The Scottish Government has U-turned over its testing regime for international travellers.
Transport secretary Michael Matheson announced on Friday that Scotland will now align with the UK Government in easing testing for people arriving from overseas.
It comes just a week after the Scottish Government decided not to follow its UK counterparts in dropping the need for a pre-departure negative test and allowing vaccinated travellers to replace the day two PCR test with a cheaper lateral flow test.
Matheson said last week the UK Government’s proposals “could weaken our ability to protect the public health of Scotland’s communities”.
He reiterated those concerns on Friday but said the Scottish Government recognises “not having UK wide alignment causes significant practical problems and creates disadvantages for Scottish businesses”.
It means the need for pre-departure tests for fully vaccinated travellers arriving in Scotland will now be removed from the end of October.
Travellers from non-red list countries who have been fully vaccinated in a country that “meets recognised standards of certifications” will no longer be required to provide evidence of a negative test before traveling to Scotland.
Matheson said: “We have urgently considered all these implications, weighing any possible impact on the public health and the logistical realities.
“After liaising at length with stakeholders from the aviation sector to understand the impact of adopting a different approach in Scotland, we have reluctantly concluded that, for practical reasons, alignment with the UK is the best option.
“The new proposals make clear pre-departure tests will no longer be a requirement. We also intend to align with the UK post-arrival testing regime.
“The detail of that is still being developed with lateral flow tests being considered and we will engage further with the UK Government on those plans. Details will be announced at the same time as the UK.”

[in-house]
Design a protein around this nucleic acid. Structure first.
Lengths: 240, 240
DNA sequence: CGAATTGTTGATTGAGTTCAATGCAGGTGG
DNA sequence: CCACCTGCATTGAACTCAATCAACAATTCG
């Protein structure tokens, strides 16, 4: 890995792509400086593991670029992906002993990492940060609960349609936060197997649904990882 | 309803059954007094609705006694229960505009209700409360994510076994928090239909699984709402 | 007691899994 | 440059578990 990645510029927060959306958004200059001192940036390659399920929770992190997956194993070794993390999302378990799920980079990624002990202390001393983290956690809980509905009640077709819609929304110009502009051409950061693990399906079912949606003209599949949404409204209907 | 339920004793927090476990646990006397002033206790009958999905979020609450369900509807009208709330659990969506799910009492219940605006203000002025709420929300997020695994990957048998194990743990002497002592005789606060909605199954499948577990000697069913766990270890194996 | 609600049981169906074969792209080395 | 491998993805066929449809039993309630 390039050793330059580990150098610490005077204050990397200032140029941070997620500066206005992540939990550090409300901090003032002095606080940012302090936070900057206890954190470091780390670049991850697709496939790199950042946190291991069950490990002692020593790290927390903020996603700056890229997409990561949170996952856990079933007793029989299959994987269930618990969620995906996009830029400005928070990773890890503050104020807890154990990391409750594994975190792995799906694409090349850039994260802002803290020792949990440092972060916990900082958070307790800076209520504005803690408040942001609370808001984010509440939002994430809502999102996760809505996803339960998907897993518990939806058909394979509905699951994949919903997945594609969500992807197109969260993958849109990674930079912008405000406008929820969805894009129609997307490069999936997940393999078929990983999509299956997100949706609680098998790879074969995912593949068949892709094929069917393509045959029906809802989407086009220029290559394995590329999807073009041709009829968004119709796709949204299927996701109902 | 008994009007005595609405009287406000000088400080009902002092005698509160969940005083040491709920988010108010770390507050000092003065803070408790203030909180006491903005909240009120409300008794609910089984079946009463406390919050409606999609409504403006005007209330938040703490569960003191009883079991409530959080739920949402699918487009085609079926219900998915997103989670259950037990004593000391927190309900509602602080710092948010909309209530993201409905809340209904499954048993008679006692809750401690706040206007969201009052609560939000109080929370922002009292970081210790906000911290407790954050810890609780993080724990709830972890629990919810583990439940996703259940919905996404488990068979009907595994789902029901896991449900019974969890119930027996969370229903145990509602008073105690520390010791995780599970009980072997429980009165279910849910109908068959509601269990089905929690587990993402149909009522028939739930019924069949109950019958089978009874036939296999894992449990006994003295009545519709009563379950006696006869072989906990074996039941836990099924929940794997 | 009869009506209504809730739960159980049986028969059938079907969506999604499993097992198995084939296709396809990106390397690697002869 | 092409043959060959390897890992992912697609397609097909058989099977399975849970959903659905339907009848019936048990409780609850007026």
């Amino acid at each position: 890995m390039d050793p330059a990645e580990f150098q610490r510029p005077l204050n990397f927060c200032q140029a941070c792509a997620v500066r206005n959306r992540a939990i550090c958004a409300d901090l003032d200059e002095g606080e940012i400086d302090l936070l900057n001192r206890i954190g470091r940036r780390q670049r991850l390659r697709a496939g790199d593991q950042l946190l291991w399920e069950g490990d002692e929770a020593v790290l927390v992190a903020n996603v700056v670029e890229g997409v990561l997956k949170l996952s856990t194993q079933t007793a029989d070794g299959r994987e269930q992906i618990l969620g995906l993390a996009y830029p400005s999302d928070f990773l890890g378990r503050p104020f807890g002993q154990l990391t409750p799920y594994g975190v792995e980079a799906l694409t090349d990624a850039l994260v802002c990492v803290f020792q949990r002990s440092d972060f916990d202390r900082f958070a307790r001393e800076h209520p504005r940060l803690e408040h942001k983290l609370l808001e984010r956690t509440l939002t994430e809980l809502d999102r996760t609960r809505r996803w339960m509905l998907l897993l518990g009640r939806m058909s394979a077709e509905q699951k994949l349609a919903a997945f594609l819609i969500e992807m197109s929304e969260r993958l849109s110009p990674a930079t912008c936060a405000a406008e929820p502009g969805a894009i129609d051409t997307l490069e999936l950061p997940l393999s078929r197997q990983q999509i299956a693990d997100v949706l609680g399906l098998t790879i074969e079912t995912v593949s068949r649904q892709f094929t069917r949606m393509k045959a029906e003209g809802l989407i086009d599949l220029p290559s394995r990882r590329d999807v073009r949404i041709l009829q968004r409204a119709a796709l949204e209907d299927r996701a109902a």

Scotland will also align with the UK post-arrival testing regime once the details are finalised.
Derek Provan, chief executive of AGS Airports Ltd, which owns and operates Aberdeen and Glasgow airports, said Friday’s decision “is a welcome step forward”.
He said: “While this is something we have been urging the Scottish Government to do for months, and the subsequent delay has negatively impacted the industry in Scotland and AGS as a group, it is a welcome step forward.
“By ensuring Scotland has parity with the rest of the UK, this decision is one that will deliver much-needed consumer confidence for our passengers to start travelling again and for our airline partners to look at increasing capacity at our airports.
“A number of restrictions on travel still remain in place and we are not yet back to anything like normal operations, but we will continue to engage with government to ensure the safe return on international travel continues and that we can rebuild the connectivity that plans a vital role in supporting our economy.”
Edinburgh Airport published a report on Thursday claiming the recovery of Scotland’s aviation sector is the slowest in the UK and continues to lag behind the rest of Europe.
The airport’s chief executive Gordon Dewar that was due to tighter restrictions and slower relaxations.
Dewar said on Friday: “We appreciate the Scottish Government’s moves to listen to industry this week and we understand their concerns, but we do think there must be more proportionality when it comes to balancing both the protection of public health and the importance of Scotland’s economic recovery.
“We look forward to continuing to work with the government to address concerns and ensure Scotland’s industries can restart as safely as possible.”
The Scottish Government acknowledged on Friday that if non-alignment led to travellers to Scotland choosing to route through airports elsewhere in the UK, the public health benefits of testing “would be undermined in any event”.
Scottish Conservatives shadow transport minister Graham Simpson said: “This SNP climbdown will come as a relief to businesses in Scotland’s much overlooked tourism and aviation industries.
“However, such a late U-turn means Scottish airports have missed out on any potential recovery that could have been made during the October break.
“The SNP-Green Government need to realise that this affects more than just holidaymakers and the aviation industry. Their slow decision will have had a damaging impact on jobs and businesses in Scotland.”
It was announced last week that green and amber classifications will merge from October 4 but the red list will be retained for those countries deemed to have high Covid-19 case rates or variants of concern.
UK transport secretary Grant Shapps said earlier this week, however, that no firm date has been set for the removal of PCR testing for fully vaccinated travellers.
Asked when the policy will be implemented, Shapps told the Commons Transport Select Committee that the Department of Health and Social Care is “aware” of the dates of October half-term, which is a popular period for families to go on holiday.